(3) Know that for many job interviews, if the profile has very specific requirements to which your thesis is a good match, it helps you a great deal to have already done it well. Your grasp of every minute detail of your project will be greatly appreciated. If you are wondering how one can know this before-hand (regarding your future job interviews), it is by talking to people. These may be your seniors or people who have gone through these experiences in the recent past in your field or the faculty. This is a safe bet to assume (the appreciation) in case of most research positions.

(4) Depending upon positions you apply for, you may need to prepare for them (e.g., revisiting the basic modules from the first-year). Do so!

Current first-year students:

(1) Choose your electives wisely.
(2) Encourage yourself to understand not just the subject matter but also the rationale behind studying them.
(3) Talk to the faculty in case of any difficulties you may face during the course.
(4) Above all, try and be proactive about resolving any issues you may face at the Centre.
In my opinion, all these points benefit both, the students as well as the Centre.

Future students:

(1) Begin by knowing and understanding well your own strengths (and/or interests) and weaknesses. Accordingly think and decide what set of skills you need to hone. Does the programme help you acquire these skills? The kind and amount of efforts to achieve what you plan for yourself will also be very specific to you.

(2) For any student who has heard about this course from any source, I believe his or her preparation for this course could begin, first and foremost, by reading and understanding well the course document itself. This helps the students prepare in knowing what the programme goal is, knowing what the course expects out of its student, and most importantly if it serves what he or she has envisaged (point 1) and form their expectations from the course etc. For example, chapters 1, 2 and 3 of the design document available here: http://cms.unipune.ac.in/reports/pd-20070223/) can guide you make your decision. Such a comprehensive course document should be used to your benefit.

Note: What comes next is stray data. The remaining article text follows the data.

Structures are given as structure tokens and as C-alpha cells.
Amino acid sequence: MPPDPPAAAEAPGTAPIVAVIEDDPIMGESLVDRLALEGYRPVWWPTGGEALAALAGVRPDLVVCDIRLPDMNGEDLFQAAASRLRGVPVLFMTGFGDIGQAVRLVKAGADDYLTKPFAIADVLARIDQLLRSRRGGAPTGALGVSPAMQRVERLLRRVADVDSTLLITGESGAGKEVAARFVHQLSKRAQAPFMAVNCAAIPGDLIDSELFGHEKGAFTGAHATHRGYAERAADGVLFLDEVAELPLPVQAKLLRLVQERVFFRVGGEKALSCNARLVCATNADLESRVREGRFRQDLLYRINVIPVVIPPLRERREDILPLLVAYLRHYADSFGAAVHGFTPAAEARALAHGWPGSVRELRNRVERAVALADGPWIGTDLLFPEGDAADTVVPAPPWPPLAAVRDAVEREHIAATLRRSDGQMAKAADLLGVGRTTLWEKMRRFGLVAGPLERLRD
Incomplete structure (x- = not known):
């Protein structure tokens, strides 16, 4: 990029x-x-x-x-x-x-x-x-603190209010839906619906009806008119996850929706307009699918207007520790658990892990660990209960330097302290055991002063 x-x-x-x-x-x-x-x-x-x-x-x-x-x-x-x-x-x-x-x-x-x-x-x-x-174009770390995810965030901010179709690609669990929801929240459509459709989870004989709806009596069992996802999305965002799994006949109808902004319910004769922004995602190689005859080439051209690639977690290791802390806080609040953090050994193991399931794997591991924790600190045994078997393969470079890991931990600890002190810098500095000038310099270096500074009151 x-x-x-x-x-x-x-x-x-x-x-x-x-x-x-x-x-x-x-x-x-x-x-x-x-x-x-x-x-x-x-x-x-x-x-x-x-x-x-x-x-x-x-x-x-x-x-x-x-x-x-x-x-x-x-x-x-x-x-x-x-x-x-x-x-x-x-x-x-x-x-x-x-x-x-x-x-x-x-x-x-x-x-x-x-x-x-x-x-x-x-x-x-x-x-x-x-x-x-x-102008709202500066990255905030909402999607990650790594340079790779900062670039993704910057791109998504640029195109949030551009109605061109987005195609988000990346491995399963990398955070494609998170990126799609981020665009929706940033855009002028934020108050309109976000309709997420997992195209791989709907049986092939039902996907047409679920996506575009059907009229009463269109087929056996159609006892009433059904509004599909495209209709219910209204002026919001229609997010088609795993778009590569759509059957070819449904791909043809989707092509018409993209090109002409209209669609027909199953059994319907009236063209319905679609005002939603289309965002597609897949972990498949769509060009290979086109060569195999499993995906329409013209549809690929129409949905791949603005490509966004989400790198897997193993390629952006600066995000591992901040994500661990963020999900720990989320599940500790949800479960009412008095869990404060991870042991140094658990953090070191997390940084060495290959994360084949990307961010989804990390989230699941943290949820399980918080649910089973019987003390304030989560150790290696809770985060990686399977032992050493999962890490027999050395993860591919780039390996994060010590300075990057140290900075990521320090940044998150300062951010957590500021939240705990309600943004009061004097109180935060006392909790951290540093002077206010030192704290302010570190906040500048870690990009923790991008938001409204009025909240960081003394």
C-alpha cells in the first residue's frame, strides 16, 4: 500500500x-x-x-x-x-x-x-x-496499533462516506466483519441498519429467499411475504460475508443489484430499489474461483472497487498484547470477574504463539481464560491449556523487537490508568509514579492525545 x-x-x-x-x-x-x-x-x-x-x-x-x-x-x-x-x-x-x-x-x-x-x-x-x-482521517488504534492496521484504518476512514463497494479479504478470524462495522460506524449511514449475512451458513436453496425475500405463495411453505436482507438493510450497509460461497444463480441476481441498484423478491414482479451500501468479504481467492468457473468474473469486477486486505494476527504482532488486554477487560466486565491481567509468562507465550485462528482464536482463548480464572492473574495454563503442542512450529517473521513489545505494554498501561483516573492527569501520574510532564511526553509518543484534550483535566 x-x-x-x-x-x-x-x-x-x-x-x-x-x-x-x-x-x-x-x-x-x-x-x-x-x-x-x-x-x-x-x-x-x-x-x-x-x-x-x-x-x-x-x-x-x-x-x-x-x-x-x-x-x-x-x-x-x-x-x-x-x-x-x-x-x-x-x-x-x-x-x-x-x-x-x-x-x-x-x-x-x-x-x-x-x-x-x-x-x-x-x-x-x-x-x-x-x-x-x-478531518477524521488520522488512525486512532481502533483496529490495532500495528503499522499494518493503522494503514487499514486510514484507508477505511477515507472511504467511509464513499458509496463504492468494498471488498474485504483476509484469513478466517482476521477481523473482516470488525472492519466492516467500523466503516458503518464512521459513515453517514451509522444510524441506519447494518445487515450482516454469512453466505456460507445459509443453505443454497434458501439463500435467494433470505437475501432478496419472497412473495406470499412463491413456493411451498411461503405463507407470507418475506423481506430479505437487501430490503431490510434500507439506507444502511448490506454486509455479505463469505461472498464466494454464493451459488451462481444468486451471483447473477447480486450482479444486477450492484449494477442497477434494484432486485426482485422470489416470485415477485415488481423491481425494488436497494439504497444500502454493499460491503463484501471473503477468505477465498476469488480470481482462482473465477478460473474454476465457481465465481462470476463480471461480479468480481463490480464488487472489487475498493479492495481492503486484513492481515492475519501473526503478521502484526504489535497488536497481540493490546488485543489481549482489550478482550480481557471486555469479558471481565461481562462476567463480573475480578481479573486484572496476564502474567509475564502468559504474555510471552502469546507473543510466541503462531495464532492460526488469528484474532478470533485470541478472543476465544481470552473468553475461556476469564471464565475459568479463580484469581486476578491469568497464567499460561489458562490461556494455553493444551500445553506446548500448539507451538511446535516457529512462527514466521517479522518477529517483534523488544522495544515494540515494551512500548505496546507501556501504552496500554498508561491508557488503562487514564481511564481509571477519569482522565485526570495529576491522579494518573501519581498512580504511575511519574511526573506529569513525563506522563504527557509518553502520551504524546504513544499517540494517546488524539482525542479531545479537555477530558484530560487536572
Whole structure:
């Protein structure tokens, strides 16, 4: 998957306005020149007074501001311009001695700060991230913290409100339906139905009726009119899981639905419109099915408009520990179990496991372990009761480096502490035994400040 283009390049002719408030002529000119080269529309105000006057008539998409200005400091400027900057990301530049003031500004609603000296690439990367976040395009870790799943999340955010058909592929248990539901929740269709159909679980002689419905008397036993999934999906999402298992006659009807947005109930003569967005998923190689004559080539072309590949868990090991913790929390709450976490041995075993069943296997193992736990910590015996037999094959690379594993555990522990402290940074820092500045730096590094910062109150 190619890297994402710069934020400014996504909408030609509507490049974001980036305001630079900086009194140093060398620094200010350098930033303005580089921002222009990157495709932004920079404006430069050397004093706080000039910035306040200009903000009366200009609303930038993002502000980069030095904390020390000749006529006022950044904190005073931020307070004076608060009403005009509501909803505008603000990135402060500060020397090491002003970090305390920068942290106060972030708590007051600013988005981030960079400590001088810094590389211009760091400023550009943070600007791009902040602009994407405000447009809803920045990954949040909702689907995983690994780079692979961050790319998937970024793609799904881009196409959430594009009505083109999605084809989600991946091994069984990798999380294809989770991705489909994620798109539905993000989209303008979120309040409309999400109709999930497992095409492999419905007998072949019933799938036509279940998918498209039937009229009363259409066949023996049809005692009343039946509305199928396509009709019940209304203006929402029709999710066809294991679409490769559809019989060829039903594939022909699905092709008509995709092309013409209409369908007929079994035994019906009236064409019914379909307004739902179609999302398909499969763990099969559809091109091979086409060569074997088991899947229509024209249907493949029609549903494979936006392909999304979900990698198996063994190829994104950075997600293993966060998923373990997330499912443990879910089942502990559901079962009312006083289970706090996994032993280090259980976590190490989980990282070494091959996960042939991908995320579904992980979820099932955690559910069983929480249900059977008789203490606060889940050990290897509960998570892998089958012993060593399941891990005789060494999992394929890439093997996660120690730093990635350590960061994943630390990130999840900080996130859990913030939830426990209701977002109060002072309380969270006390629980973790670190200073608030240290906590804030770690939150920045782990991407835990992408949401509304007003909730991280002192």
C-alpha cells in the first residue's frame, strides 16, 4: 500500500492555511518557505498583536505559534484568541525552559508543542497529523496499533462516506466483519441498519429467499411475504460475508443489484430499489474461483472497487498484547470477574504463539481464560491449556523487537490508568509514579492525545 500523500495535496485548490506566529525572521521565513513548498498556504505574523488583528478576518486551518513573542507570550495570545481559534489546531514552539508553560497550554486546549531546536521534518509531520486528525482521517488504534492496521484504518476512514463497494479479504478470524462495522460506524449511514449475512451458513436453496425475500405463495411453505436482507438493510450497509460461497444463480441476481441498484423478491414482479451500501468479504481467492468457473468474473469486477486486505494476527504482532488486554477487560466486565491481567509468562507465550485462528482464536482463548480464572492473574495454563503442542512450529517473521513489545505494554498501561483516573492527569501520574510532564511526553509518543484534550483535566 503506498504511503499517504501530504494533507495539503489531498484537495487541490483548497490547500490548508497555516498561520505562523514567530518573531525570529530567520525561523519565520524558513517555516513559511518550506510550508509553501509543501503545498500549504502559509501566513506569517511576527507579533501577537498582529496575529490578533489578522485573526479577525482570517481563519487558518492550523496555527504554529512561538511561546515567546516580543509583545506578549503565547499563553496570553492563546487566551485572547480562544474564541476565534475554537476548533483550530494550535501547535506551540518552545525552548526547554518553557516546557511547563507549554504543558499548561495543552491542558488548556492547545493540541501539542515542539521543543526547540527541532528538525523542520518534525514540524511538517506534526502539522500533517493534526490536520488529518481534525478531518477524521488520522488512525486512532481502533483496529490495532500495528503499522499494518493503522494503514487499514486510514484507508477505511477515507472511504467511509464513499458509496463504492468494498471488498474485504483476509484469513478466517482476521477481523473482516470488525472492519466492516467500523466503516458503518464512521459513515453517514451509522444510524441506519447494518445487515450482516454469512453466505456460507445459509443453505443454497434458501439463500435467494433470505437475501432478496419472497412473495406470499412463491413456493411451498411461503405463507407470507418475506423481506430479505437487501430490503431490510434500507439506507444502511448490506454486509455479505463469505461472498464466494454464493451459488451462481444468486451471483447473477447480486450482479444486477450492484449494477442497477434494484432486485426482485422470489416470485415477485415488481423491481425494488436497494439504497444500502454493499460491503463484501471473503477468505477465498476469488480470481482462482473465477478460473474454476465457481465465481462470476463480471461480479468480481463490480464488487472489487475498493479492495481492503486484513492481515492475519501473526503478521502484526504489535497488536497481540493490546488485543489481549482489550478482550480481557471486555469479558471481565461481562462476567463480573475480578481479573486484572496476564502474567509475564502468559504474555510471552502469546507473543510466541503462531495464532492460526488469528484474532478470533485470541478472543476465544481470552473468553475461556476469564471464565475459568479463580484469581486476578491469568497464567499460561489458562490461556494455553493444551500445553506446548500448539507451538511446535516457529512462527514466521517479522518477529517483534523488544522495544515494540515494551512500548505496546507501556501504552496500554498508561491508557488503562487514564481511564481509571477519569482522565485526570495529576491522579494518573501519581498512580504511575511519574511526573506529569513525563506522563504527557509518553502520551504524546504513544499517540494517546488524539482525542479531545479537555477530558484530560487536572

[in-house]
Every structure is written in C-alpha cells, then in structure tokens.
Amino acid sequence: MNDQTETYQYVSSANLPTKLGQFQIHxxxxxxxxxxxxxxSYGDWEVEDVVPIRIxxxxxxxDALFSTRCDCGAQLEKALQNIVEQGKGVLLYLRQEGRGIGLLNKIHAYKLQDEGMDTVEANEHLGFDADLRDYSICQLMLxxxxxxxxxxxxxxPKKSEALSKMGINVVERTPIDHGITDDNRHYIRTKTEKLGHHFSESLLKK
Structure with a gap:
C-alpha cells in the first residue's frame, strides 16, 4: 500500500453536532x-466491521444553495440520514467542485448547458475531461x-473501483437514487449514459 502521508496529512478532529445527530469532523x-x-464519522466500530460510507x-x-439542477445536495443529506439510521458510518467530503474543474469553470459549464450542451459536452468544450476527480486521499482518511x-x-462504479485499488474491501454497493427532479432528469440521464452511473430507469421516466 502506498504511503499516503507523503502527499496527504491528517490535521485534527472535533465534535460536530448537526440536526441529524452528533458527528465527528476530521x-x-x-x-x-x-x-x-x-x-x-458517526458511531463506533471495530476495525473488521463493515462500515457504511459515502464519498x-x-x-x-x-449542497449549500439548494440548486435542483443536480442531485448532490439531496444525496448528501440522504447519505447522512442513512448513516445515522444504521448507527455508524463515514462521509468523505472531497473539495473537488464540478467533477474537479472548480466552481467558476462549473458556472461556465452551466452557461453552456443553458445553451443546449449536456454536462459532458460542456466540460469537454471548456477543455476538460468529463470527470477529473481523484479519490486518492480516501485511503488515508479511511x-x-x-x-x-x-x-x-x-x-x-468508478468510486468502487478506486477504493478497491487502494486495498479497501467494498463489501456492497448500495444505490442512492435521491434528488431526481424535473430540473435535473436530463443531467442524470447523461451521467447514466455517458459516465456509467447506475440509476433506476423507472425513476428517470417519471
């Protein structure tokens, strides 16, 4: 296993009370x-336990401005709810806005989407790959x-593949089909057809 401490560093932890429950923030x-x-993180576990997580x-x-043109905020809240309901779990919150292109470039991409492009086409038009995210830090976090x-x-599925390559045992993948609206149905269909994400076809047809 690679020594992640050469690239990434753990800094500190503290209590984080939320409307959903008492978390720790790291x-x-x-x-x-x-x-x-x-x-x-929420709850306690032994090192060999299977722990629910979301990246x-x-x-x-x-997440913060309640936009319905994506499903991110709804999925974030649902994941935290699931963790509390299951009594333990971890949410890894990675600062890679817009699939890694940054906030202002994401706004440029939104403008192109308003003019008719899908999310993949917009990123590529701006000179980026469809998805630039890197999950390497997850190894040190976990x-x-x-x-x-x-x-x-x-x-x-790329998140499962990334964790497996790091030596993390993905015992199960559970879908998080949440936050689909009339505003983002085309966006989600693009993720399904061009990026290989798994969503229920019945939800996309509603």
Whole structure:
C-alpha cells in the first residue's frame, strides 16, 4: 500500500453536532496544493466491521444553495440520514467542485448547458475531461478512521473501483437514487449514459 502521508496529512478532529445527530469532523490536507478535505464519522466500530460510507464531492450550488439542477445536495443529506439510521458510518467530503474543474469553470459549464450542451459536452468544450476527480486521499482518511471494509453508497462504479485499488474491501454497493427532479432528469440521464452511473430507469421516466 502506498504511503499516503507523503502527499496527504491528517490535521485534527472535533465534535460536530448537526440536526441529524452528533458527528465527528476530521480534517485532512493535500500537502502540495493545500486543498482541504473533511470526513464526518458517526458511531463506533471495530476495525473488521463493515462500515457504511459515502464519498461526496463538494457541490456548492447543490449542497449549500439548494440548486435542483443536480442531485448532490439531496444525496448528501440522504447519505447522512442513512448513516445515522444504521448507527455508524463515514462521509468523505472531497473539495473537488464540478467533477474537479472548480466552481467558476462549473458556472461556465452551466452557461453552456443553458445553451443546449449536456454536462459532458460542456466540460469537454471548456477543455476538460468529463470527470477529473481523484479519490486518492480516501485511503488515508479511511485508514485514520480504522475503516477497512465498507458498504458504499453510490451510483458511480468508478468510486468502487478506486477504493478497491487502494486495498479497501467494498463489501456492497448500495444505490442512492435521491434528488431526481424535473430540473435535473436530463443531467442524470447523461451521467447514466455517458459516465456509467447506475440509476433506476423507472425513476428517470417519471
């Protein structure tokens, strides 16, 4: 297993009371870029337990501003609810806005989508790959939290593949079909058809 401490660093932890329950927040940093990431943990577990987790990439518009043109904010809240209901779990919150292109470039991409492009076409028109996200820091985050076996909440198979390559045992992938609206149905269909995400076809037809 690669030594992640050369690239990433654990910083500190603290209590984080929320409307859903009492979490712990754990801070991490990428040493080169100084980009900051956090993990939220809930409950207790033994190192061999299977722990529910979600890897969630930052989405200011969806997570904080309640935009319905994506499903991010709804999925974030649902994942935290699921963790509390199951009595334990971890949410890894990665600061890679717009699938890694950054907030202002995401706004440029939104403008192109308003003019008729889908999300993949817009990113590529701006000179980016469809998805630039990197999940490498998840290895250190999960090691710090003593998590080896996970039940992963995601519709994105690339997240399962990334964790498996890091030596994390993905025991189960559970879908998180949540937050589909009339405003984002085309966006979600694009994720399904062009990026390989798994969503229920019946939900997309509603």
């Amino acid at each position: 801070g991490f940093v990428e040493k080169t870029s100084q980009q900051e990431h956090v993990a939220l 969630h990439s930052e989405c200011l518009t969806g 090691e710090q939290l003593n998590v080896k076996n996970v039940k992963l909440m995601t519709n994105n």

(3) Then, go and talk to the faculty and current students at the Centre. If available get information about the Centre's recent alumni and, if possible, even talk to them. Keep in mind that every student's opinion is formed out of his or her personal experiences with the Centre. It would be wrong to make a completely positive or negative decision based on a single opinion. For example, read other feedbacks in addition to mine. Remember the story of 'Blind men and an elephant'. In case you do not know it already, you can read it here (https://en.wikipedia.org/wiki/Blind_men_and_an_elephant). Your experience depends on what you make out of the opportunities presented to you.

(4) If you are planning in advance, make use of the public lectures arranged by the Centre. These lectures can give you a good idea about what is ‘modeling and simulation’ and its utility in various fields. You can check the Centre's website or contact the Centre for information on these.

(5) I would advise on considering this as a given: It is an M.Tech. programme, do not expect it to be easy; it is not! But, at the same time do not let this discourage you. Believe me, you will feel far more accomplished than what you expected when you began. All the efforts you take and rigour you go through is going to be worth.

This advice is based on my personal experience at CMS. It is certainly not exhaustive and like every piece of advice take it with a pinch of salt and customize things based on your needs. May be you can come up with a better list after your tenure. All the best!

Which direction should CMS grow in?

• The M.Tech. programme in modeling and simulation being a non-conventional course, I wish the University advertises more and makes the students at the graduate level aware of it.

I believe this would also help the Centre in attracting the right kind of students. And, in my opinion, getting the right kind of students is very important for the Centre which will eventually benefit the students. This could be an important step towards encouraging the students to take-up inter-disciplinary research.

Further thoughts

I would encourage the students to make the best use of the facilities at CMS -- which includes learning from and having more interactions with the faculty, which is something I myself benefited from while at CMS.
Most of my answers in this feedback, especially the piece of advices for future students, hover around the one basic point which is: to get the best out of your experience of undergoing this programme, treat it like reading a piece of text or a chapter in a book after going through the set of questions following it first, this way one knows in advance which points to pay attention to. I experienced this myself and was very ecstatic on days when this happened to me!

To end, I would add,

• enjoy your time learning new things;
• invest your time and efforts in not just learning the subject matter but more so in learning how to learn.

Thank you very much.